People Say One Thing, Write Another

from the consistency-is-overrated dept

If you’ve ever had to read out loud something that you’ve written, you’ll often notice that it feels a bit uncomfortable. Even though you wrote it, the words don’t feel right when you speak them. A new study looking at how people respond to written surveys and phone-based surveys found that people answer differently based on what type of survey they’re facing. Basically, they found that our brains work differently when we’re speaking than when we’re writing. Perhaps this is just because when you’re talking to someone on a phone, you’re much more conscious of the person on the other side of the conversation. When you’re writing, the audience is more separated. The researchers talk about how this could impact survey results, especially when an initial survey is done one way and a later one done another way. However, what’s not clear from the article (and the research isn’t out yet) is how profound those differences are. Do people actually think differently, or is it just that they explain themselves slightly differently? There are certainly plenty of people who prefer to answer questions one way or the other — but is one way “more honest” or are they just different?

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Comments on “People Say One Thing, Write Another”

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Pocky says:

I always remember writing papers in school and spending hours wiriting up the perfect presentation, then having to stop myself to re-word something I’ve written because it didn’t sound right when I said it outloud. Everyone has experianced this at some point or another, just another example. Weither you think differently, or just more contious when speaking is debatable.

Chris says:

Like the previous poster mentioned, I think this has a lot to do with the fact that when you are reading or writing, you are concentrating solely on the content and have time to go over a sentence again to make sure you understand everything. When speaking, your automatic responses kick in and you tend to focus less on the content of the conversation and more on the person you’re speaking to.

Peter Rambo says:


I know that I speak and write very differently. I never spoke as a child, and in the past 5 or 6 years I’ve worked very hard on just being able to tell a story that lasts more than 15 seconds. Any longer than that and I fumble details and become incoherent.

In high school, I had no friends because of my dead communications skills. It wasn’t until I got to college and discovered AIM that I had real conversations with anybody. I can’t speak, but I can type/write.

From personal experience, they’re two completely different forms of communication. And while yes, the ability to reflect on what you’ve written plays a part, I almost never re-read what I type into instant messenger programs anymore.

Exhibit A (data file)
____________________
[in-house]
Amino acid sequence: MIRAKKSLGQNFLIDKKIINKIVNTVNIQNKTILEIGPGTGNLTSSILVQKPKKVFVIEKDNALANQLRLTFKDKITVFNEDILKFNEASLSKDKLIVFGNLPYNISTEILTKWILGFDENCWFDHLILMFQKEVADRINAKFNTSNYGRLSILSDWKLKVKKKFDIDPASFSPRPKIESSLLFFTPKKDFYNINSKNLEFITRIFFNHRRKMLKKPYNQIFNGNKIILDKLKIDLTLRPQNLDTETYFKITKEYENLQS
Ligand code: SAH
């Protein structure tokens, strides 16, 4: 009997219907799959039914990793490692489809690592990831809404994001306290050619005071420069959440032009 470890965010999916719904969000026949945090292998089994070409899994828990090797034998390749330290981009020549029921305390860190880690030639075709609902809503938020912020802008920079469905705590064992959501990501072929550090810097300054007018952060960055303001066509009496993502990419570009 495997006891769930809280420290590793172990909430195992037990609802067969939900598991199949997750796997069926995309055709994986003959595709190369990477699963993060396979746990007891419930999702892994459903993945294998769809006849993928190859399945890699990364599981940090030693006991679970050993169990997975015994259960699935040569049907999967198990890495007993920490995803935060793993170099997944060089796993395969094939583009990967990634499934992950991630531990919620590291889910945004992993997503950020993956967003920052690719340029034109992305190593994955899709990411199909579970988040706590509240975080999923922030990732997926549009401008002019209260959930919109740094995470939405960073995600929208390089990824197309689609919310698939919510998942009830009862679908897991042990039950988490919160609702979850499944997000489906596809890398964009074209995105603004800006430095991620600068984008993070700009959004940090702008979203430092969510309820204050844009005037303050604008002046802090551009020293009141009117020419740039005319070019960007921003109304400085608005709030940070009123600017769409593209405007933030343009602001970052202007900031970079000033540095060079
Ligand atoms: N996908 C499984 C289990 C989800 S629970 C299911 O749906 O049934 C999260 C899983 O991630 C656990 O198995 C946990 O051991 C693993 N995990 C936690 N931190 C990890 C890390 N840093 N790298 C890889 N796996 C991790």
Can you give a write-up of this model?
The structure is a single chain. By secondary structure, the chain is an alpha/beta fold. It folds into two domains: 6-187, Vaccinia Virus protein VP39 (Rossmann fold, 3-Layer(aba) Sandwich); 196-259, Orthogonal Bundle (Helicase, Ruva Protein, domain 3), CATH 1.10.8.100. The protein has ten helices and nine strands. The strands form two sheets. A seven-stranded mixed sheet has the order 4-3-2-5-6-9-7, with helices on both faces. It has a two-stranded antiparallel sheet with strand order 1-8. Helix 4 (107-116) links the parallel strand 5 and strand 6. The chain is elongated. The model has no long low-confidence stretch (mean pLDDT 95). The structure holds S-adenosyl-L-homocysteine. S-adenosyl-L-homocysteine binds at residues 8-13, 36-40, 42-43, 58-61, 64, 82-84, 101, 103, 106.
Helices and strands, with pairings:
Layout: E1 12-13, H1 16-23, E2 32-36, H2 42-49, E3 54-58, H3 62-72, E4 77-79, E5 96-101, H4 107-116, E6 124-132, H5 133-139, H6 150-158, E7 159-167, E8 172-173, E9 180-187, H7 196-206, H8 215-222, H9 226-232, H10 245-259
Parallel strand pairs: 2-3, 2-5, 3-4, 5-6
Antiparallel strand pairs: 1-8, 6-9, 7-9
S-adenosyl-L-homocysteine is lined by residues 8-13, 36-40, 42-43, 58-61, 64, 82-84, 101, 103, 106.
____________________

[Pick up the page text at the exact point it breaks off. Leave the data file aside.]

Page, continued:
There is a simple reason for the first statement. Most people’s writing sounds unnatural aloud because most people are terrible writers. Just read this article aloud. It sounds natural because Mike is a good writer.

Eleeterate says:

I partly agree with anonymous coward above… people, for the most part, don’t think before they speak. I also think that when you’re writing you’re using a more analytical, logical part of your brain than when you’re speaking. Combine the two and you could very well have people answering completely differently for written surveys than spoken ones. Most of the dumbasses out there never pay attention to what they’re saying… ever hear someone contradict themself in the same sentence… several times?

Eleeterate says:

oh yea… and written things sound unnatural when you speak them most of the time because of the rhythm. Ask any musician, put too much thought into what you’re playing and, more importantly, when you’re playing and you’re going to lose rhythm. So when you write you over analyze and the natural rhythm of speech goes away. It also helps that most people don’t talk in complete (although coherent) sentences.

Tashi says:

Writing the way people talk is a specific style. It’s called prose. So unless one is purposely writing prose, writing one way and speaking another is normal, because you learn to read and write standard/formal English, and almost noone actually speaks that way, (as someone else stated) with English being the bastardized language that it is.

Mike (profile) says:

Re: Re:

writing one way and speaking another is normal, because you learn to read and write standard/formal English, and almost noone actually speaks that way

I think that’s sort of missing the point of the study. We’re not talking about formal/non-formal English, but about people saying completely different things when asked the same questions — once written, once spoken. The difference goes beyond style.

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